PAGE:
The highly advanced Dutch pensions market has become something of a dilemma for consultants in recent years, particularly for the larger foreign companies.
As bigger Dutch funds such as ABP and PGGM have developed, carrying out their own investment management, the need for advisory influence has diminished, and many now only use consultants for highly specialist manager searches and asset liability studies - and then there is a price, albeit the lowest possible, to the detriment of the larger consultants.
However, further down the pension fund ladder, business is booming, according to Karen Daleboudt, vice president for institutional clients at ABN AMRO: Almost every smaller Dutch scheme is advised by a consultant now on actuarial matters, and so there has been a glut of business for actuarial advisers such as Rotterdam- based Dutch company Heynis & Koelman.
"Anticipating such a trend, both William Mercer and KPMG made smart moves in taking on board Dutch actuary Klein Hameveld and acquiring domestic actuaries Brans respectively, and are now enjoying the fruits of their foresight."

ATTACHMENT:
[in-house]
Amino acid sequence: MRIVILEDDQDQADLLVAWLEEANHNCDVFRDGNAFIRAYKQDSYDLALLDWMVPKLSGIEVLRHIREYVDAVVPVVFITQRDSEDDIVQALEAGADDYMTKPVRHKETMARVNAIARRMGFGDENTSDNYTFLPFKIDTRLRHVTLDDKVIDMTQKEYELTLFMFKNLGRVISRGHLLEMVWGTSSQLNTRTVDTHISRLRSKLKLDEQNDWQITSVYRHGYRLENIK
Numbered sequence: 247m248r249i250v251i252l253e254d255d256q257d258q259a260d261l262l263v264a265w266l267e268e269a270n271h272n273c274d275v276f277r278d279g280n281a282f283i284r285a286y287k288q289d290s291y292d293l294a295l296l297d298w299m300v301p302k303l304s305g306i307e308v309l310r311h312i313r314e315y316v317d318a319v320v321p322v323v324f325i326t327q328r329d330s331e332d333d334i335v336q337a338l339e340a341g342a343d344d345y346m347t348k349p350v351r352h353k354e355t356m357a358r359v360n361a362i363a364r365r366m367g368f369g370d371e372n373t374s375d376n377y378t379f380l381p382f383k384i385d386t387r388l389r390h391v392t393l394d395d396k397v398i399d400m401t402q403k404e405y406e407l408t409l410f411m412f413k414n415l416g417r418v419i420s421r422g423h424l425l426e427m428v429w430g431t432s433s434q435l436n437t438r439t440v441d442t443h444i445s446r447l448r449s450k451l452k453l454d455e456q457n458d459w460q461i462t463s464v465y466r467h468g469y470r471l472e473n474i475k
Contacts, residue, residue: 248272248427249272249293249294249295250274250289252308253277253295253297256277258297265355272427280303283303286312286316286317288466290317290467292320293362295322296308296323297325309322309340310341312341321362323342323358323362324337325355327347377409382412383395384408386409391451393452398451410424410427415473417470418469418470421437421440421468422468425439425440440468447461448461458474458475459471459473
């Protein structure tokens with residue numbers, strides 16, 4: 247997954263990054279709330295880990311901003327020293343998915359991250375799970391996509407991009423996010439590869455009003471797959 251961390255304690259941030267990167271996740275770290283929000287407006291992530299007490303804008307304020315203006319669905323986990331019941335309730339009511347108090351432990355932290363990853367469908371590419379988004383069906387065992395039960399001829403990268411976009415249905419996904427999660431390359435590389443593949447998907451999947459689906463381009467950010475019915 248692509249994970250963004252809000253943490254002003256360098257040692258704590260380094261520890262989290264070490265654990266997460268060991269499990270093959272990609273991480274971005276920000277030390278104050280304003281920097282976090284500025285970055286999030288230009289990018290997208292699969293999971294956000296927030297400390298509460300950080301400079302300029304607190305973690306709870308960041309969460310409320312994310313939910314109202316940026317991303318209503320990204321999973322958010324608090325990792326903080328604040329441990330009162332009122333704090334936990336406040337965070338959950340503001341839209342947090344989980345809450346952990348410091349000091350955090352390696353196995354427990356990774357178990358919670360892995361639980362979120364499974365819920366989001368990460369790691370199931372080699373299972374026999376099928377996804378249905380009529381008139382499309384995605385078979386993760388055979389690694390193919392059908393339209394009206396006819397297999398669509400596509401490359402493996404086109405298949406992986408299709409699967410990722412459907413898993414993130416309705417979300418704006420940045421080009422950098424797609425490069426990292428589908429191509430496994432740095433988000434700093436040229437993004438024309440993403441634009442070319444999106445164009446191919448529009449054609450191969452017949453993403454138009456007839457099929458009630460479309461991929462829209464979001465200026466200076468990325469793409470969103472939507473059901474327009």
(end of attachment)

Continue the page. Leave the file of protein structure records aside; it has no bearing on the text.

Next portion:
Erik Van Dijk, CEO at Amsterdam- based Palladyne Asset management, says: "One notable thing in the Dutch consultancy market is the good business being done by companies like Wilshire Associates in providing and helping with asset liability systems, data and information, against traditional managers searches, which are becoming less common. But on the actuarial side and in risk management, particularly with the euro in mind, there could be a massive boost to consultant revenue for those with the relevant skills and knowledge." Neverthele ss Dan Allen, vice president and principle at Amsterdam based Willshire, says: "We are seeing a lot of business in continued outsourcing of assets and research into investment structure and asset allocation, particularly concerning the implementation of the euro." Hugh Wheelan"